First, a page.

That letter came after DLNR state Dam Safety Engineer Sterling Yong sent Pflueger and the Mary Lucas Trust a security alert on Oct. 18, 2001, warning the owners that dams are a potential target of terrorism attacks. The letter, written about a month after the Sept. 11 attacks, urged Pflueger and the Mary Lucas Trust to review their security measures and asked them to provide a summary of what they are doing to protect their dam.
The DLNR had no records of a response from Pflueger or the Mary Lucas Trust.
The files also include a March 17 letter from Young warning owners of all dams and reservoirs of their responsibility to keep updated maintenance, construction and inspection records.
The letter, written after the collapse of the Kaloko dam, also pledged the state's assistance should the owners decide to tear down their dam.
INITIAL SURVEYS DONE
Four dam inspection teams yesterday completed a preliminary survey of all of Kaua'i's 54 reservoir dams. They were planning to spend most of today and tomorrow writing reports on each of the reservoirs. The state hopes to go back and conduct a comprehensive study of all the island's dams, to include soil boring and other tests, Masuda said.
"(The Alexander and Twins Reservoir) dams are the only ones that we have red flags on," he said. "We'll be continuing to check and monitor those. Everything else looks OK."
To keep better track of reservoirs that have problems, U.S. Geological Survey engineers have established electronic water gauging stations on four Kaua'i reservoirs. Two are directly associated with the March 14 dam breach disaster: Kaloko Reservoir, which broke, and a subsidiary reservoir, Pu'u Ka 'Ele. Both were built in 1890. Kaloko once held close to 450 million gallons, but now has only about one-tenth that amount. Pu'u Ka 'Ele is rated at about 160 million gallons.
The others are Alexander in Kalaheo and Waita in Koloa. The water heights are reported by satellite, and are available on the Web.
Following a tour of the devastated Wailapa Stream area below Kaloko dam, U.S. Sen. Daniel K. Akaka yesterday said he was impressed by "the power of nature and the damage that was done." He said his discussions with victims of the flood and with emergency workers display both a strong spirit on the part of residents and a sense of cooperation between different emergency response agencies that could be a national model.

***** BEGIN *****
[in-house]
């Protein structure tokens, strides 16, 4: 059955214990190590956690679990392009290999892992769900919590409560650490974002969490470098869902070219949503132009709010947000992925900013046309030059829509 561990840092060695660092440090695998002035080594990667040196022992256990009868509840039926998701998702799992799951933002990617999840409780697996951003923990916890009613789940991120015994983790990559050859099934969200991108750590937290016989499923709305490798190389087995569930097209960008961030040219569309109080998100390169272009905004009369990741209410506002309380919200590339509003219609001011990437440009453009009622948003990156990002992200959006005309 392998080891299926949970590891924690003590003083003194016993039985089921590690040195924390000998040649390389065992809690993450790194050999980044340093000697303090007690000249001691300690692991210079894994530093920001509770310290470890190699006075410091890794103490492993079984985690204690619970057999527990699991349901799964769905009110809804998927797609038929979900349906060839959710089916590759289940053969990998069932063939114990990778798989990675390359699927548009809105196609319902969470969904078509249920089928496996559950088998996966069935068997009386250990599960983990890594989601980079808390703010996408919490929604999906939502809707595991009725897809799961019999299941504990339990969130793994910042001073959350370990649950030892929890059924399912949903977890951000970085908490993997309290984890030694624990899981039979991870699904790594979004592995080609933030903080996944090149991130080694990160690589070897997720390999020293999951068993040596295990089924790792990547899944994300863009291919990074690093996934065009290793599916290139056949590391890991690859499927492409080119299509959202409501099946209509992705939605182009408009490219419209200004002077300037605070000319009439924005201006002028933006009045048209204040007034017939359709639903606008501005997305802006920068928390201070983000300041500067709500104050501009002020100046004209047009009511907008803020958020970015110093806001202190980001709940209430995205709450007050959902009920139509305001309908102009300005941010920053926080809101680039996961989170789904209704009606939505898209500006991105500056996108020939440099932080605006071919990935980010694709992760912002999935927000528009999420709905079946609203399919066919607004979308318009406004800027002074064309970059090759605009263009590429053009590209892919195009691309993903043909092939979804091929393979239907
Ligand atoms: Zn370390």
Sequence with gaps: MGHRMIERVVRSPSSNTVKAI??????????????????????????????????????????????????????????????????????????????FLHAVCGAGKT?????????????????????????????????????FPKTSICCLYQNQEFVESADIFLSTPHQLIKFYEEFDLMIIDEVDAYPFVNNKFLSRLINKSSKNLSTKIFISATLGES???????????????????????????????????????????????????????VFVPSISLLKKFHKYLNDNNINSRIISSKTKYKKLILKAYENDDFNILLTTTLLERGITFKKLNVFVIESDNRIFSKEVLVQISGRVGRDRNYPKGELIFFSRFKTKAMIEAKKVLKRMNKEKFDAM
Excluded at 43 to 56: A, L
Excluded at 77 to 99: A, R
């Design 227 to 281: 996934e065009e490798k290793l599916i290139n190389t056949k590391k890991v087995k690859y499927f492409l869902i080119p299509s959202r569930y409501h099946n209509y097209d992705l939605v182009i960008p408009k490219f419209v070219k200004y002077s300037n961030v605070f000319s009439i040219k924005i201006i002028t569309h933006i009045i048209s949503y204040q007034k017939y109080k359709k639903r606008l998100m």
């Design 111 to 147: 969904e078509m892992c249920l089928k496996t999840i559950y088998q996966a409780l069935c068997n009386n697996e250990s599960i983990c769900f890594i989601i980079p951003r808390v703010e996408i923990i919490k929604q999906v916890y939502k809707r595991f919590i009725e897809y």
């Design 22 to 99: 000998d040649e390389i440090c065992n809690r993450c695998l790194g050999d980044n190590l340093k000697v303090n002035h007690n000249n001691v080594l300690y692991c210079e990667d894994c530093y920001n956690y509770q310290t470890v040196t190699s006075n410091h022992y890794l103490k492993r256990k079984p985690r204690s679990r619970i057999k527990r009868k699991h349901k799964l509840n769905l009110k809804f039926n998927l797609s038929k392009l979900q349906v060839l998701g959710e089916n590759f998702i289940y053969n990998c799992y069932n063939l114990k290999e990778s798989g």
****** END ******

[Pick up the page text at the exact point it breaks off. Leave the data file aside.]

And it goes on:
Deputy director of state Civil Defense Ed Teixeira, who accompanied Akaka, said that while dam safety has been a part of statewide emergency planning, he hopes to have new studies conducted that produce maps to identify hazards from catastrophic dam failures statewide. He envisions such maps would be alongside tsunami inundation maps in phone books.
Also yesterday, U.S. Rep. Neil Abercrombie, D-Hawai'i, suggested that an outside attorney might be necessary to investigate the dam break and avoid the potential conflict of state Attorney General Mark Bennett examining the role of other state agencies.
The congressman praised Bennett's abilities as an attorney but said conflicts may arise in determining civil and criminal liability. "As a result I think he's in a totally untenable position," Abercrombie said. "How's he going to investigate his own various departments?"
Lawmakers are moving quickly to approve Gov. Linda Lingle's $14 million emergency appropriations request but are waiting for the investigation and other answers to emerge before jumping forward with new legislation.
"I think we have to proceed very cautiously," said state Sen. J. Kalani English, D-6th (E. Maui, Moloka'i, Lana'i), chairman of the Senate Energy, Environmental and International Affairs Committee. "We have to immediately inspect the dams, immediately make sure the infrastructure is safe and take whatever steps we need to ensure that. But, for the long-term, we shouldn't rush into things."
He said the dam break has reminded lawmakers they need to properly plan for catastrophic storms.
"Oftentimes we neglect that because it's out of our sight," English said.
State Sen. Gary Hooser, D-7th (Kaua'i, Ni'ihau), said much of the response so far has been centered on the people who have lost loved ones or property but would quickly turn to what went wrong.
"What's going to emerge now is a search for reasons," Hooser said.Staff writers Derrick DePledge and Rick Daysog contributed to this report.
Reach Jan TenBruggencate at email@example.com.